New material on endogeneity and its implications for model structure
Topics that have been expanded or given greater emphasis include:
Treatment effects, bootstrapping, simulation based estimation, robust estimation, missing and faulty data, and a variety of different new methods of discrete choice analysis in micro econometrics.
Added or expanded material on techniques recently of interest, such as quintile regression and stochastic frontier models.
Highlights of the revision - in general terms,
Increased the focus on robust methods.
Greene placed discussions of specification tests at several points, consistent with the trend in the literature to examine more closely the fragility of heavily parametric models.
A few of the specific new applications are as follows:
Simulation based estimation has been considerably expanded in chapter 15. It now includes substantially more material on bootstrapping standard errors and confidence intervals. The Krinsky and Robb (1986) approach to asymptotic inference has been placed here as well.
A great deal of attention has been focused in recent papers on how to understand interaction effects in nonlinear models. Chapter 7 contains a lengthy application of interaction effects in a nonlinear (exponential) regression model. The issue is revisited in Chapter 17.
As an exercise that will challenge the student’s facility with asymptotic distribution theory, Greene added a detailed proof of the Murphy and Topel (2002) result for two step estimation in Chapter 14.
Sources and treatment of endogeneity appear at various points, for example an application of inverse probability weighting to deal with attrition in Chapter 17.
OTHER TOPICS OF DISTINCTION
Part I: The Linear Regression Model
Chapter 1: Econometrics
Chapter 2: The Linear Regression Model
Chapter 3: Least Squares
Chapter 4: The Least Squares Estimator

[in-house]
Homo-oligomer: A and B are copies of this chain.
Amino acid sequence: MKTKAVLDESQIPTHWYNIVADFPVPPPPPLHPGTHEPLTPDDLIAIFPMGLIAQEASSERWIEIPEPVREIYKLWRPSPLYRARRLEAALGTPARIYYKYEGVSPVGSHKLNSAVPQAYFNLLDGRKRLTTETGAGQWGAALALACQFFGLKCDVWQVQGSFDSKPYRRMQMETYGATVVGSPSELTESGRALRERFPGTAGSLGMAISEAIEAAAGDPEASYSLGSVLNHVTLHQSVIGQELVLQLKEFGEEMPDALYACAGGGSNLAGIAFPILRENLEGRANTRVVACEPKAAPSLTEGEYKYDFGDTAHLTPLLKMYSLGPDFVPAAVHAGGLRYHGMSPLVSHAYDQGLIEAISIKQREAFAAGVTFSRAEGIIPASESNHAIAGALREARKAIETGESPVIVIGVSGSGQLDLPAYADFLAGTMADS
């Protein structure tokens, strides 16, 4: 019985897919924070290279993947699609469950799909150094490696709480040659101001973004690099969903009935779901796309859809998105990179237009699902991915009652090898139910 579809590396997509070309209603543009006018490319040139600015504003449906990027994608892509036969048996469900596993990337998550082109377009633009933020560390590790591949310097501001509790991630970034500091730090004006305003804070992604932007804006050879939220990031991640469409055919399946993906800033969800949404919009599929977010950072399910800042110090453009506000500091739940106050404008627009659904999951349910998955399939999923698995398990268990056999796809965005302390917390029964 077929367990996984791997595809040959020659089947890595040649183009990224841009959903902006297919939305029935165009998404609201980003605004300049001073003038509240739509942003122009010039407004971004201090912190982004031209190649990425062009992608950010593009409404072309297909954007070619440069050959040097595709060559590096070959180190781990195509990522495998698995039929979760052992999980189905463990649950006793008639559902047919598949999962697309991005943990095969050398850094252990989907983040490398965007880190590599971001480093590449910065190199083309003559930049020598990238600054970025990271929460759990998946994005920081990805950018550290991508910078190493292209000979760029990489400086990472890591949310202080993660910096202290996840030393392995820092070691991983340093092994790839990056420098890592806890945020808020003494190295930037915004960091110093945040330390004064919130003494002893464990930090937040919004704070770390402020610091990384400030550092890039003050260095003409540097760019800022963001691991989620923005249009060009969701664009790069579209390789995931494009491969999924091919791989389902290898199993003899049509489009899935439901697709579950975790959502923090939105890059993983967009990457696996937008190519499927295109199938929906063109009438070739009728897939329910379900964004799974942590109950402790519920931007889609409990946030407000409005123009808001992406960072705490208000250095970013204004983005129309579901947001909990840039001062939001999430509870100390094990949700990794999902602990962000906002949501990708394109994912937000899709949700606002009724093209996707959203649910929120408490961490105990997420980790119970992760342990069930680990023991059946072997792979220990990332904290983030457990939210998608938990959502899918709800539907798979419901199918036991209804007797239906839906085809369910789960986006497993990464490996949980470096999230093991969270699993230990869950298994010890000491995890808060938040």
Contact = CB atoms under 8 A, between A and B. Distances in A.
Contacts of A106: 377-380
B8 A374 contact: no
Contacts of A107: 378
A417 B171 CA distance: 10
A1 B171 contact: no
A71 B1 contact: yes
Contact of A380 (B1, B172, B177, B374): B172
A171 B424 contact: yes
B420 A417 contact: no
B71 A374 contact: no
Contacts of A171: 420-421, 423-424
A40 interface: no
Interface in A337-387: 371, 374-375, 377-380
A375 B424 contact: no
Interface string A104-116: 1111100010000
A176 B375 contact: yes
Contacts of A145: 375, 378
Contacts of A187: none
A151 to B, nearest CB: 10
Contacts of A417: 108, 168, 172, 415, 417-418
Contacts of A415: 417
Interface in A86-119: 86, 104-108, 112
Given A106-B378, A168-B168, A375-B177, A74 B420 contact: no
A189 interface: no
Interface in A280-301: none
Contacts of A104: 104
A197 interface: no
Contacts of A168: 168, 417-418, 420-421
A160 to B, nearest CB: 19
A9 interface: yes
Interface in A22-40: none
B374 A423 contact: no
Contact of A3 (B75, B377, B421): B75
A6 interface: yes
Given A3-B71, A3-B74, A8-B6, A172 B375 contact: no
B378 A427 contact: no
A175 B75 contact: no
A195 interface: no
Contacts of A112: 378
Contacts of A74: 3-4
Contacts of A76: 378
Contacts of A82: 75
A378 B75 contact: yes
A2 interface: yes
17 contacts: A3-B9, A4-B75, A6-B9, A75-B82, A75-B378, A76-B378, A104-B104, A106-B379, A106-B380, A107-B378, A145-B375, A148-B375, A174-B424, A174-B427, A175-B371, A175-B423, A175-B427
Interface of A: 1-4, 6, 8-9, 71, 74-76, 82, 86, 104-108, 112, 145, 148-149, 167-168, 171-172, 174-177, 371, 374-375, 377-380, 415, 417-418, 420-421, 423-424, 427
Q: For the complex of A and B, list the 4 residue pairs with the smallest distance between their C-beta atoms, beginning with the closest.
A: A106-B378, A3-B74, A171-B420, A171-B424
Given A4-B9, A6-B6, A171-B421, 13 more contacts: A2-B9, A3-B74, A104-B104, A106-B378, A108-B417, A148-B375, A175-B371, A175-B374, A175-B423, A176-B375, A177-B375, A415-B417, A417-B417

Chapter 5: Hypothesis Tests and Model Selection
Chapter 6: Functional Form and Structural Change
Chapter 7: Nonlinear, Semiparametric, and Nonparametric Regression Models
Chapter 8: Endogeneity and Instrumental Variable Estimation
Part II: Generalized Regression Model and Equation Systems
Chapter 9: The Generalized Regression Model and Heteroscedasticity
Chapter 10: Systems of Equations
Chapter 11: Models for Panel Data
Part III: Estimation Methodology
Chapter 12: Estimation Frameworks in Econometrics
Chapter 13: Minimum Distance Estimation and the Generalized Method of Moments
Chapter 14: Maximum Likelihood Estimation
Chapter 15: Simulation-Based Estimation and Inference
Chapter 16: Bayesian Estimation and Inference
Part IV: Cross Sections, Panel Data, and Microeconometrics
Chapter 17: Discrete Choice
Chapter 18: Discrete Choices and Event Counts
Chapter 19: Limited Dependent Variables—Truncation, Censoring, and Sample Selection
Part V: Time Series and Macroeconometrics
Chapter 20: Serial Correlation
Chapter 21: Models with Lagged Variables
Chapter 22: Time-Series Models
Chapter 23: Nonstationary Data
Part VI: Appendices
Appendix A: Matrix Algebra
Appendix B: Probability and Distribution Theory
Appendix C: Estimation and Inference
Appendix D: Large-Sample Distribution Theory
Appendix E: Computation and Optimization
Appendix F: Data Sets Used in Applications
Appendix G: Statistical Tables